Redistricting hearing Saturday

Residents of Kingman and Mohave County will have an opportunity at 3 p.m.

Saturday to tell the Arizona Redistricting Commission how they like – or don't like - the proposed maps of voting districts.

The meeting will be held in the Kingman Council Chambers at 301 N.

Fourth St.

Commissioner Joshua Hall is scheduled to attend the Kingman hearing.

"These are draft maps, subject to change," said Amy Rezzonico, Commission public relations director.

"That is why we are coming back to Kingman to get information from the area on the constituencies and issues important in the area and ways to solve the differences."

Current maps show congressional District 1 running from New Mexico across northern Arizona to the Nevada line and including all of Kingman.

It is similar to the current District 1 with the city of Kingman added.

The proposed congressional district is one of two new districts added with the increased population in Arizona made evident during the 2000 census.

It begins in Greenlee and Graham counties and comes across northern Arizona to include the north half of Mohave County.

Clifton, Morenci, St.

Johns, Show Low, Flagstaff, Holbrook and Window Rock are some of the communities included.

Both Kingman and Bullhead City would be in the huge district drawn to put most of rural Arizona in a single congressional district.

The current redistricting maps are drafts subject to change depending on what the people across the state tell the commission.

"The commission is trying to take the information and work toward consensus on the final draft," Rezzonico said.

To date, the most contentious hearing in the second round involved Cochise County where part of the county was put in a state legislative district reaching into the Phoenix area.

The commission is trying to keep the criteria from Proposition 106 that called for compact and contiguous districts with a common interest that would also make districts competitive.

At the same time the new boundaries must meet the criteria of the Voting Rights Act as interpreted by the U.S.

Department of Justice.

Kingman Mayor Les Byram has been contacting people.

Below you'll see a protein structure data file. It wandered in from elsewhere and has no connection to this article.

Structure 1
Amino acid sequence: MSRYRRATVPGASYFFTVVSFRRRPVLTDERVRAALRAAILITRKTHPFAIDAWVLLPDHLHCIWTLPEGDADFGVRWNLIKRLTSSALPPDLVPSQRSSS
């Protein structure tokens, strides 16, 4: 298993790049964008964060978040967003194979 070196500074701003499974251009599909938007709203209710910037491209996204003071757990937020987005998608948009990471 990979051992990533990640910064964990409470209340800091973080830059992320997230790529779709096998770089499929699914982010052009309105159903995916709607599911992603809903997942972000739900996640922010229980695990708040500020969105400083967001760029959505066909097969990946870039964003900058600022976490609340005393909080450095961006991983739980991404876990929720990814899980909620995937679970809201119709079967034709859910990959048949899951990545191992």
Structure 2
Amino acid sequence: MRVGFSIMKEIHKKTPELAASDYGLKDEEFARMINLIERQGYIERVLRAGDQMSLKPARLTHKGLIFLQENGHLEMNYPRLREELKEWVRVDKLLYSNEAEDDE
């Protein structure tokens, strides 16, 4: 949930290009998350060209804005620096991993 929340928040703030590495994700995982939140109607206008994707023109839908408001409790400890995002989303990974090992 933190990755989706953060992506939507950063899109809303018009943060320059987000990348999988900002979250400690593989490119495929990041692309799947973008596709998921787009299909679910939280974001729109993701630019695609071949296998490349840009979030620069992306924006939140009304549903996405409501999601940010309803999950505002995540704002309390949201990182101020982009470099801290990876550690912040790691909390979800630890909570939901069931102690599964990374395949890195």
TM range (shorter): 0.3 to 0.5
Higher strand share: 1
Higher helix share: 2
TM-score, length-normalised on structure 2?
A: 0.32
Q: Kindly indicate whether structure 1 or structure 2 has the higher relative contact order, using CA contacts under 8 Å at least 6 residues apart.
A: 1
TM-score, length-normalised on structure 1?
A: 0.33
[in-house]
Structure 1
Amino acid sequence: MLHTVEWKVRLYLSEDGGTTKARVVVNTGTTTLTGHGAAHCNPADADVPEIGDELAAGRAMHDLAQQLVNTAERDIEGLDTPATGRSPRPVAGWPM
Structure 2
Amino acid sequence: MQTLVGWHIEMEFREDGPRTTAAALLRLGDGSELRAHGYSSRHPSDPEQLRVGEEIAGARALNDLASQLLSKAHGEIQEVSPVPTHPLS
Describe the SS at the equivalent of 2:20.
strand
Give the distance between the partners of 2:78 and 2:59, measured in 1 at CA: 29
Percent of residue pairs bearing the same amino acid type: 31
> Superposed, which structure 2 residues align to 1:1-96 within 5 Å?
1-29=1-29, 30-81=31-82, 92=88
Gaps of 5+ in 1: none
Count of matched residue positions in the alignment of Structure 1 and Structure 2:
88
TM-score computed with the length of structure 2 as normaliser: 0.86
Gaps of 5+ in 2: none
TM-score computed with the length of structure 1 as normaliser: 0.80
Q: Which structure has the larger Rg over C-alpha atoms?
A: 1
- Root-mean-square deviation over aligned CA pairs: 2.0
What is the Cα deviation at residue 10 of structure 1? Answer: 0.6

"I expect Colorado City Mayor Don Barlow to attend and tell the commission that his city has not seen a state legislator for 10 years," Byram said.

"Kingman could be in the same situation if the District 1 boundary remains the same and we are included with Navajo and

Apache counties."

Byram said people should be aware that these boundaries would be with Kingman for the next ten years, until the 2010 census.

Any resident of the area is invited to speak at the Saturday hearing.

Former legislative candidate and Kingman resident Matt Capalby expects the District 1 boundaries to change after this series of statewide hearings are complete.

"My Flagstaff contacts indicate they will tell the commission in the Thursday night hearing that they would rather be in District 1 with the Navajo Nation than with Mohave County," he said.

"They have common interests with the Navajo and Hopi tribes.

Flagstaff has more economic and social ties with the Indian nations than with Verde Valley where they would be with current legislative maps."

He said that district would be heavy with Democrat registration and the heavily Republican areas of Kingman and Bullhead City areas were put in District 1 to make it more competitive.

Capalby said he thought the commission had made too many changes in the current draft maps to placate various groups

The issues that will be brought before the commission on Saturday are beyond partisanship, Capalby said.

"Our community of interest is along the Colorado River where the residents have common issues and common economic interests.

The first map with Mohave County all in one state legislative district was liked by everyone."

Saturday's hearing will begin with a brief presentation by the commission and is expected to last two to three hours.